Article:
Saturday, February 16th, 2019 01:36 pm
"...Back in 1983, the Poly-1 was a workhorse: dependable, with strong, easy-to-achieve
sounds. It was Korg's first instrument to abandon knobs and switches, yet all the main
parameter headings and value ranges are etched onto the casing in Korg's '80s-style,
pseudo-computer writing. Getting lost on the Korg Poly-61 is, well, unlikely, even for a
"The digital controlled oscillators are streamlined. DCO1 offers sawtooth, pulse, and
square waveforms; DCO-2 the same minus the pulse option. The oscillators can be
tuned separately, but not set at different volumes. DCO-2 can only be switched off. An
equally simple filter section sees lowpass, resonant filtering that has to be shaped by
the same ADSR envelope generator available to the amplifier. The filter can track the
keyboard, but the shared envelope generator is a definite limiting factor. The LFO can
affect the oscillators or the filter, but sine wave is the only option. So smooth vibrato is
okay, but hard-edged trills are out.
"This modest set of controls makes the Poly-61 a breeze to use, however. Most anyone
will be encouraged to start programming from day one; this makes an excellent synth on
which to learn about analog synthesis.
"And indeed, people are encouraged, because the Poly-61 sounds clean and purposful.
It specializes in harder, Clavi-type analog sounds, but the extra thickness afforded by
the dual-oscillator design makes thick, full string patches work well, in a synthy, as
opposed to lifelike, style. Unfortunately, Korg ditched chorus (found on the earlier Korg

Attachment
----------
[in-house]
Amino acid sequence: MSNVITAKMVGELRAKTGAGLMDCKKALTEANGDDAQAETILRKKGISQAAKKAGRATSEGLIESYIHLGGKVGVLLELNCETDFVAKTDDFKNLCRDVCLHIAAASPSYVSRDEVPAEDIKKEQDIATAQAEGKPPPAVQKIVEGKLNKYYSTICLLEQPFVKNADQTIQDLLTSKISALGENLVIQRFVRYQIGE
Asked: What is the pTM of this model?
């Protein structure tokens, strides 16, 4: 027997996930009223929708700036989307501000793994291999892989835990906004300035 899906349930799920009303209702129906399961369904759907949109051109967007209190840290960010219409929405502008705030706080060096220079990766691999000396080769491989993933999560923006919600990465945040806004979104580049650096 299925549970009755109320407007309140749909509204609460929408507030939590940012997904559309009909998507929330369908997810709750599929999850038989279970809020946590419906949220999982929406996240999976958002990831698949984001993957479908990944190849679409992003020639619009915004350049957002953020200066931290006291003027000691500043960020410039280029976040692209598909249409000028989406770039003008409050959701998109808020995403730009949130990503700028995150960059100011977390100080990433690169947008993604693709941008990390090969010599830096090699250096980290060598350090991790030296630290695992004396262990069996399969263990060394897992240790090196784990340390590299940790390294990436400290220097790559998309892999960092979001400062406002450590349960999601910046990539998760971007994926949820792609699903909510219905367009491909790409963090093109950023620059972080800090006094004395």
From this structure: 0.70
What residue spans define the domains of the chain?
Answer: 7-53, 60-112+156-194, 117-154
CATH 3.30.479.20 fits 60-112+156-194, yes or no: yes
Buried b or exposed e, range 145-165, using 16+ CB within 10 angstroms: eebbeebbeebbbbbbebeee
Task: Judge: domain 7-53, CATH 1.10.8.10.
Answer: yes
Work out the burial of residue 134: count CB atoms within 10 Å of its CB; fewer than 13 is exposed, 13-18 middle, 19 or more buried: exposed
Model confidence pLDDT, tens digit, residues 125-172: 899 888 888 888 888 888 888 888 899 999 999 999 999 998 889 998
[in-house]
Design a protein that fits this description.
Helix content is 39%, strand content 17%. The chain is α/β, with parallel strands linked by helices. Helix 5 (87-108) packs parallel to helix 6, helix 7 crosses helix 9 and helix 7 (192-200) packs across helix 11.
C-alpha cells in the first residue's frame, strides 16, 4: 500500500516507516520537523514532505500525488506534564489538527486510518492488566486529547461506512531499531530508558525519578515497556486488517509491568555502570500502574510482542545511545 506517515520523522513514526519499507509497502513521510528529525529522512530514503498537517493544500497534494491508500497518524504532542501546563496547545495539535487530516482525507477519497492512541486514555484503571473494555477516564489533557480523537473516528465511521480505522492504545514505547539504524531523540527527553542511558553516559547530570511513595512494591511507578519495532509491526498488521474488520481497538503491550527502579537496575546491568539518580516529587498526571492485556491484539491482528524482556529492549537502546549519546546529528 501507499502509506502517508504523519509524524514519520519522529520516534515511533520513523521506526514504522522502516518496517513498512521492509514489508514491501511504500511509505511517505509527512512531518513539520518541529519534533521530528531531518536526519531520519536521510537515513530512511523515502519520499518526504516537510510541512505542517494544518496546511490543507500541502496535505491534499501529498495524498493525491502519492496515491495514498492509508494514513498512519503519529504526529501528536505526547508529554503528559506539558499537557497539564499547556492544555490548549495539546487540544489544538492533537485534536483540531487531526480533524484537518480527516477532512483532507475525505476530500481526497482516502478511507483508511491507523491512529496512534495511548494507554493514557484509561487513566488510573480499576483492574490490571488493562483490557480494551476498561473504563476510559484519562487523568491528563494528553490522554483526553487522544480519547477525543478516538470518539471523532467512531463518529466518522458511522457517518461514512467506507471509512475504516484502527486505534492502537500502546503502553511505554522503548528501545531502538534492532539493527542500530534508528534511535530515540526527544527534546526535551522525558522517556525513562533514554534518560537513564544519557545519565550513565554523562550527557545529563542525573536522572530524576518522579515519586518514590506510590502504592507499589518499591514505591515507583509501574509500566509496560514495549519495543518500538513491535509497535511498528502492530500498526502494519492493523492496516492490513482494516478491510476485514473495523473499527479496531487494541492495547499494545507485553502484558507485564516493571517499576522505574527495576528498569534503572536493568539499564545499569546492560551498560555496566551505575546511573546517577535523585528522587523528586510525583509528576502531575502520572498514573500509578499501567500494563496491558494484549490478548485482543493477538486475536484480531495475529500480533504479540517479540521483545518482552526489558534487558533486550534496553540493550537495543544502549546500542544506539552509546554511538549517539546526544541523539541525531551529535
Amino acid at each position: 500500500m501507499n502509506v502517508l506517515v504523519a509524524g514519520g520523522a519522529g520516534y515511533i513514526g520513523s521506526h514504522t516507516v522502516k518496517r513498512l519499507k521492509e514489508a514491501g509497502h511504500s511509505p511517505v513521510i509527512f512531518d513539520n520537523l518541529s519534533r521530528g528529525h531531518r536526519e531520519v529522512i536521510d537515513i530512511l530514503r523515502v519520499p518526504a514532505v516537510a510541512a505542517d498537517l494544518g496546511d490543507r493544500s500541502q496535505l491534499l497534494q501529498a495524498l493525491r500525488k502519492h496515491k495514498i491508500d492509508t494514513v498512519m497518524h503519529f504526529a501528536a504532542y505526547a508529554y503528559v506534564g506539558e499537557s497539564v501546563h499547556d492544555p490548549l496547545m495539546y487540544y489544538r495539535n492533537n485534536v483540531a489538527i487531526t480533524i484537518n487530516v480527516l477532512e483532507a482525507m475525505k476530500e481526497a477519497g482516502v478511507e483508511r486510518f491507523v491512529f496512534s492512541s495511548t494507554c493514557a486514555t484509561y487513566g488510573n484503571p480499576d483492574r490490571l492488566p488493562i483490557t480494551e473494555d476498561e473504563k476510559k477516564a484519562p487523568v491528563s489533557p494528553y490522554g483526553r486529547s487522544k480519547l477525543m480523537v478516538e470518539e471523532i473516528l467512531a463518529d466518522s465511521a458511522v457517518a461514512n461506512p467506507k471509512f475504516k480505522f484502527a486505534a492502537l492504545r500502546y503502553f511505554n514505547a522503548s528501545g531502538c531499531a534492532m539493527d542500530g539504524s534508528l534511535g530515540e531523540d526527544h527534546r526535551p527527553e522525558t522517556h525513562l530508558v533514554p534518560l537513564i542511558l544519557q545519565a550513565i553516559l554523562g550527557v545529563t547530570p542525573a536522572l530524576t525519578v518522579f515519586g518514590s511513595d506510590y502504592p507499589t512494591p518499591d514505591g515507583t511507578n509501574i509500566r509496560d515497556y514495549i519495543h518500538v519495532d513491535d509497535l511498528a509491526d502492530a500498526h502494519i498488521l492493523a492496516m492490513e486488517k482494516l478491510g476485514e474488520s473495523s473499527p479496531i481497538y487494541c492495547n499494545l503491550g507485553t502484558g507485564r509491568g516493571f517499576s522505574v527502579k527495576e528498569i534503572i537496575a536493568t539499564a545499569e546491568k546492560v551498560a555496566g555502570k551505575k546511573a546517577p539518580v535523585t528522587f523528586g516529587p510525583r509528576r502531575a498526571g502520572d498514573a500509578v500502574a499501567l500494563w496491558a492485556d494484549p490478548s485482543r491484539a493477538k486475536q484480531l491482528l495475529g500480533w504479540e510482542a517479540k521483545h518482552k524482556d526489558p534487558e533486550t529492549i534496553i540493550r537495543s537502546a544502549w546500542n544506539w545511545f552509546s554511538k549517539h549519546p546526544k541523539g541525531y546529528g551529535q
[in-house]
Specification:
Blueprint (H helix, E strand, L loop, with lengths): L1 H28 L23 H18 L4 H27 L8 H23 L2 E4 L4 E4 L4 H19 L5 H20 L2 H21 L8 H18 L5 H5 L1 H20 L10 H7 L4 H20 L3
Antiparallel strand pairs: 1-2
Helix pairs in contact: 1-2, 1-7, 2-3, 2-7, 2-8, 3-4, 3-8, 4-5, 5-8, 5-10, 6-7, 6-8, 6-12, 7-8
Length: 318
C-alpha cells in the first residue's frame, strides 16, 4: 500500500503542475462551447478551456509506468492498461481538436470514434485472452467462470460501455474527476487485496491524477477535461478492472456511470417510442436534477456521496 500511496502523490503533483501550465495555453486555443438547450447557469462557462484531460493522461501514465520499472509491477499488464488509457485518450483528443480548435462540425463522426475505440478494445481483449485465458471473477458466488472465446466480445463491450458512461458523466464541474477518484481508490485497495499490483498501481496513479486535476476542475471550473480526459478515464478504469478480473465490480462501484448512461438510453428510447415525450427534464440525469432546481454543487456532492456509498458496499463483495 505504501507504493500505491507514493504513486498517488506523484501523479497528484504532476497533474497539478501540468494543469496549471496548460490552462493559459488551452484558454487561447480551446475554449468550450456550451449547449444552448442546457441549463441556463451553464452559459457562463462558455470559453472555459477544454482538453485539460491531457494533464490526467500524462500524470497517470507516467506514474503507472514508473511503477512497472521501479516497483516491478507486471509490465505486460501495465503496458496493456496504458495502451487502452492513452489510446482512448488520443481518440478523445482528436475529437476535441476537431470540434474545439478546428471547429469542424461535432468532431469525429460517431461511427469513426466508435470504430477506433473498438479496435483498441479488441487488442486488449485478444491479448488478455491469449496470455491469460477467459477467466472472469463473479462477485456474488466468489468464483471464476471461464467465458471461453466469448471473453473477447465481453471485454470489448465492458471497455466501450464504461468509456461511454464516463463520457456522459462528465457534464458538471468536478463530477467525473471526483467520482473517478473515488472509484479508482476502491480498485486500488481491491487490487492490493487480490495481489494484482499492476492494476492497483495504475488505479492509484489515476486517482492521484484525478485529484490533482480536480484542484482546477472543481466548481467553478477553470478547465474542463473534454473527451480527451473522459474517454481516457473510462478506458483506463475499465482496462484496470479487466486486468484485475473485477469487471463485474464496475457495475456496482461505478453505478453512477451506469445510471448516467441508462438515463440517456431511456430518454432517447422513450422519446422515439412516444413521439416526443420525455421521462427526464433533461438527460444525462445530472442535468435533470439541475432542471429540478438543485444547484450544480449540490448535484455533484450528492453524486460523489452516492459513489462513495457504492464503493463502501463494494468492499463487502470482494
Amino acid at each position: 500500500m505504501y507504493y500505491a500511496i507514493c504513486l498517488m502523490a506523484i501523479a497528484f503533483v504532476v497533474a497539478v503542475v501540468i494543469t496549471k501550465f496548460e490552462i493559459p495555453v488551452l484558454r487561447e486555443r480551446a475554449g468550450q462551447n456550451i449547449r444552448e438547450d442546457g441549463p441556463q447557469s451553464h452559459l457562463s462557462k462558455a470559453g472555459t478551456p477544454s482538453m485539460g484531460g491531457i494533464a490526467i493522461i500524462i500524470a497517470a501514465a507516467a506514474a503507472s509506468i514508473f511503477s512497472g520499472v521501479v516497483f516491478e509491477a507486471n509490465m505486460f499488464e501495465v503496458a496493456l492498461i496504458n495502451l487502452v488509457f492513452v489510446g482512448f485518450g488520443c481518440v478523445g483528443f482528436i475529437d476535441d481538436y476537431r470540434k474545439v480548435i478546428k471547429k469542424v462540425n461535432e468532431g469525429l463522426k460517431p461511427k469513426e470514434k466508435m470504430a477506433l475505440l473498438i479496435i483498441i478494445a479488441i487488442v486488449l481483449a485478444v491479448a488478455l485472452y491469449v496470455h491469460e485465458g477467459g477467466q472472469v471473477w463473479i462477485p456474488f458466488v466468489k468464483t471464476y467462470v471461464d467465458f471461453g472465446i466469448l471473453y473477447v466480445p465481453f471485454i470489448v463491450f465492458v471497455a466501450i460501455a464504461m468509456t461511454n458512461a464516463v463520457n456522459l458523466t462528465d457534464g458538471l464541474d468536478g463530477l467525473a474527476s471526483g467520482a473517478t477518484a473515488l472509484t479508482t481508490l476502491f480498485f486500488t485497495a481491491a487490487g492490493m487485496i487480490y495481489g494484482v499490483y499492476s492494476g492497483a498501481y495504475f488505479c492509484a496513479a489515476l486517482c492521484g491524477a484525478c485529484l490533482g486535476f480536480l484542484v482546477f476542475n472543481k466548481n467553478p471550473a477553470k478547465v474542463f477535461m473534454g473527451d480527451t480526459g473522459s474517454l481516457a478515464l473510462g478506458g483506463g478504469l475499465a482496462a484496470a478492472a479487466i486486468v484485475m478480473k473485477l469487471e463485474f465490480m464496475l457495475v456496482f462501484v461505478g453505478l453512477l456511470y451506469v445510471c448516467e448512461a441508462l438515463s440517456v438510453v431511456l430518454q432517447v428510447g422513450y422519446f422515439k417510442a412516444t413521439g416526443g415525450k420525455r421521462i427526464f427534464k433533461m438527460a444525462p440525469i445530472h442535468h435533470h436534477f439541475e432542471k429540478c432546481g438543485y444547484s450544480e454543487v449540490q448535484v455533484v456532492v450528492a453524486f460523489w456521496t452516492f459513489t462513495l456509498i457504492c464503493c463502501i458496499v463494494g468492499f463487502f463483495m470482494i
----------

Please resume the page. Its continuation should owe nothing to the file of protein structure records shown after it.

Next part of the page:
Polysix), which can add greater swirl.
"A further loss from the Polysix is the unison keyboard mode. On the Poly-61, you must
employ the chord memory to stack up the oscillators, and though this is an undeniably
handy feature for instantly creating fat bass sounds, the results are not programmable.
Overall volumes is non-programmable as well.
"This list of losses and ommissions must be weighed not only against a fine arpegiator,
which can be clocked externally from similar-vintage, Korg drum machines and against
the luxury of being able to step througn the presets from a footswitch, a feature that is
an unrivaled plus for live playing.
"Along with what was the then called 'digital access control' design (i.e., no knobs and
switches -- the dawning of the era of programming as typing), Korg inaugurated the
joystick controller for pitch bend and modulation effects. It was and remains a bit dinky,
though Korg stalwarts are, by now, well used to the device.
"MIDI was right around the corner as the Poly-61 appeared, and Korg was quick to offer
a MIDI retrofit. A year later, the Poly-61M came with a retrofit as standard. These were
early MIDI days, so anomalies, weirdnesses and limitations on the MIDI side abounded.
MIDI also sounded the death knell for the dreaded (and temperamental) cassette
interface method of external storage. Ironically, though, the Poly-61's cassette interface
is both quick and stable."
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